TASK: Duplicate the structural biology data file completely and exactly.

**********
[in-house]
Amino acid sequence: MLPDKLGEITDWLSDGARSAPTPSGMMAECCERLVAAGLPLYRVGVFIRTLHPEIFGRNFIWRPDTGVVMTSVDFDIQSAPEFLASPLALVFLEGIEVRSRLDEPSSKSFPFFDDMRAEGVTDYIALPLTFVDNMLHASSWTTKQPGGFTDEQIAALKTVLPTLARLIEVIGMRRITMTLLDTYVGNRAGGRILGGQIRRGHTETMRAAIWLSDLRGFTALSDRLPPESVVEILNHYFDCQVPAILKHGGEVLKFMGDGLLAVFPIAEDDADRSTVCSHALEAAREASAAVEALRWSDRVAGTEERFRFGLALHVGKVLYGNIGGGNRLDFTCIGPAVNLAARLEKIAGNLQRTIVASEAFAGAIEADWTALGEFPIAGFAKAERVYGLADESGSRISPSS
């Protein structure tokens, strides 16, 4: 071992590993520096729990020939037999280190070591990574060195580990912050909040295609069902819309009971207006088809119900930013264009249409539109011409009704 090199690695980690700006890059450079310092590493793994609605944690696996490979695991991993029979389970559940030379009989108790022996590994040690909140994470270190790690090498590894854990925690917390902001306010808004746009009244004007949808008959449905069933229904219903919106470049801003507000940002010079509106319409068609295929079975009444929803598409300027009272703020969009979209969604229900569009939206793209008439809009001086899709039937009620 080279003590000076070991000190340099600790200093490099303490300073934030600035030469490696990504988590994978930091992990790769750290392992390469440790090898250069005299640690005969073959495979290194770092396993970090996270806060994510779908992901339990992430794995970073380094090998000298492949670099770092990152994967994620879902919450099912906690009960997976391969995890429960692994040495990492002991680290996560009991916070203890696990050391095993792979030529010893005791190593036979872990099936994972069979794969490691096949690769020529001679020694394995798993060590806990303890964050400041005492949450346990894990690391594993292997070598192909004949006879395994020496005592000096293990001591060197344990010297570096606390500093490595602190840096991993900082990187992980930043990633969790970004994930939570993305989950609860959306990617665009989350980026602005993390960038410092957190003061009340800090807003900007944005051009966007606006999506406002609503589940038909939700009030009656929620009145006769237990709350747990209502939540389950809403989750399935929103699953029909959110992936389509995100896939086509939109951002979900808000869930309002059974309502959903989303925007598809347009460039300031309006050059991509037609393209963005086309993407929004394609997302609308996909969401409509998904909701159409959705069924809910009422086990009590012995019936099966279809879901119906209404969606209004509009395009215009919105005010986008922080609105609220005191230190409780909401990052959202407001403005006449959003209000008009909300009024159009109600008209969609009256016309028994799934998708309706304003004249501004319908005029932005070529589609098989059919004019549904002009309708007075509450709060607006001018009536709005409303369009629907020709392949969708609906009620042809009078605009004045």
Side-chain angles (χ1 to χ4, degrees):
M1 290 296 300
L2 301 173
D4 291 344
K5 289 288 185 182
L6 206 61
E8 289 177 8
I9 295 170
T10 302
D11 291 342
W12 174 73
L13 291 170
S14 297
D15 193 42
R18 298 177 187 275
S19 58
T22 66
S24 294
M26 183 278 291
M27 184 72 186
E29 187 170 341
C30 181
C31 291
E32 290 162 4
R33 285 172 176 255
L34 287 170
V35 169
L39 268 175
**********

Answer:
[in-house]
Amino acid sequence: MLPDKLGEITDWLSDGARSAPTPSGMMAECCERLVAAGLPLYRVGVFIRTLHPEIFGRNFIWRPDTGVVMTSVDFDIQSAPEFLASPLALVFLEGIEVRSRLDEPSSKSFPFFDDMRAEGVTDYIALPLTFVDNMLHASSWTTKQPGGFTDEQIAALKTVLPTLARLIEVIGMRRITMTLLDTYVGNRAGGRILGGQIRRGHTETMRAAIWLSDLRGFTALSDRLPPESVVEILNHYFDCQVPAILKHGGEVLKFMGDGLLAVFPIAEDDADRSTVCSHALEAAREASAAVEALRWSDRVAGTEERFRFGLALHVGKVLYGNIGGGNRLDFTCIGPAVNLAARLEKIAGNLQRTIVASEAFAGAIEADWTALGEFPIAGFAKAERVYGLADESGSRISPSS
């Protein structure tokens, strides 16, 4: 071992590993520096729990020939037999280190070591990574060195580990912050909040295609069902819309009971207006088809119900930013264009249409539109011409009704 090199690695980690700006890059450079310092590493793994609605944690696996490979695991991993029979389970559940030379009989108790022996590994040690909140994470270190790690090498590894854990925690917390902001306010808004746009009244004007949808008959449905069933229904219903919106470049801003507000940002010079509106319409068609295929079975009444929803598409300027009272703020969009979209969604229900569009939206793209008439809009001086899709039937009620 080279003590000076070991000190340099600790200093490099303490300073934030600035030469490696990504988590994978930091992990790769750290392992390469440790090898250069005299640690005969073959495979290194770092396993970090996270806060994510779908992901339990992430794995970073380094090998000298492949670099770092990152994967994620879902919450099912906690009960997976391969995890429960692994040495990492002991680290996560009991916070203890696990050391095993792979030529010893005791190593036979872990099936994972069979794969490691096949690769020529001679020694394995798993060590806990303890964050400041005492949450346990894990690391594993292997070598192909004949006879395994020496005592000096293990001591060197344990010297570096606390500093490595602190840096991993900082990187992980930043990633969790970004994930939570993305989950609860959306990617665009989350980026602005993390960038410092957190003061009340800090807003900007944005051009966007606006999506406002609503589940038909939700009030009656929620009145006769237990709350747990209502939540389950809403989750399935929103699953029909959110992936389509995100896939086509939109951002979900808000869930309002059974309502959903989303925007598809347009460039300031309006050059991509037609393209963005086309993407929004394609997302609308996909969401409509998904909701159409959705069924809910009422086990009590012995019936099966279809879901119906209404969606209004509009395009215009919105005010986008922080609105609220005191230190409780909401990052959202407001403005006449959003209000008009909300009024159009109600008209969609009256016309028994799934998708309706304003004249501004319908005029932005070529589609098989059919004019549904002009309708007075509450709060607006001018009536709005409303369009629907020709392949969708609906009620042809009078605009004045």
Side-chain angles (χ1 to χ4, degrees):
M1 290 296 300
L2 301 173
D4 291 344
K5 289 288 185 182
L6 206 61
E8 289 177 8
I9 295 170
T10 302
D11 291 342
W12 174 73
L13 291 170
S14 297
D15 193 42
R18 298 177 187 275
S19 58
T22 66
S24 294
M26 183 278 291
M27 184 72 186
E29 187 170 341
C30 181
C31 291
E32 290 162 4
R33 285 172 176 255
L34 287 170
V35 169
L39 268 175